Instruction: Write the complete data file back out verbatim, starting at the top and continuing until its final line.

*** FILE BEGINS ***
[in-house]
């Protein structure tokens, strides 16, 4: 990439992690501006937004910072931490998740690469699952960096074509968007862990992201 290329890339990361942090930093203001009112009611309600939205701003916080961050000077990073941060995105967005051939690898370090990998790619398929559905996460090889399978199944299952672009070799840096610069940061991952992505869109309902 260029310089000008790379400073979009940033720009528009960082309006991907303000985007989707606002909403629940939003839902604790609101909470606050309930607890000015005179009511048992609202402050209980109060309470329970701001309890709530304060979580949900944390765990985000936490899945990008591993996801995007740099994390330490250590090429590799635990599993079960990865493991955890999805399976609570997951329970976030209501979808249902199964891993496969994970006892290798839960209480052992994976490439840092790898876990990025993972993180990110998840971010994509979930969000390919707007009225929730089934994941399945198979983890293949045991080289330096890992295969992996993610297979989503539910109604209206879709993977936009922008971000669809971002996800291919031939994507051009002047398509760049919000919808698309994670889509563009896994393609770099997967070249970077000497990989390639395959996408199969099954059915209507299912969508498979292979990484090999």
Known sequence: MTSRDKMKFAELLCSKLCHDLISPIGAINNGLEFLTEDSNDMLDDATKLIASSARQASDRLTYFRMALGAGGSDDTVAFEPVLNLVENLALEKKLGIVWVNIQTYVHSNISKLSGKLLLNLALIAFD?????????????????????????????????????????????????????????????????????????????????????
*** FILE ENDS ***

[in-house]
């Protein structure tokens, strides 16, 4: 990439992690501006937004910072931490998740690469699952960096074509968007862990992201 290329890339990361942090930093203001009112009611309600939205701003916080961050000077990073941060995105967005051939690898370090990998790619398929559905996460090889399978199944299952672009070799840096610069940061991952992505869109309902 260029310089000008790379400073979009940033720009528009960082309006991907303000985007989707606002909403629940939003839902604790609101909470606050309930607890000015005179009511048992609202402050209980109060309470329970701001309890709530304060979580949900944390765990985000936490899945990008591993996801995007740099994390330490250590090429590799635990599993079960990865493991955890999805399976609570997951329970976030209501979808249902199964891993496969994970006892290798839960209480052992994976490439840092790898876990990025993972993180990110998840971010994509979930969000390919707007009225929730089934994941399945198979983890293949045991080289330096890992295969992996993610297979989503539910109604209206879709993977936009922008971000669809971002996800291919031939994507051009002047398509760049919000919808698309994670889509563009896994393609770099997967070249970077000497990989390639395959996408199969099954059915209507299912969508498979292979990484090999």
Known sequence: MTSRDKMKFAELLCSKLCHDLISPIGAINNGLEFLTEDSNDMLDDATKLIASSARQASDRLTYFRMALGAGGSDDTVAFEPVLNLVENLALEKKLGIVWVNIQTYVHSNISKLSGKLLLNLALIAFD?????????????????????????????????????????????????????????????????????????????????????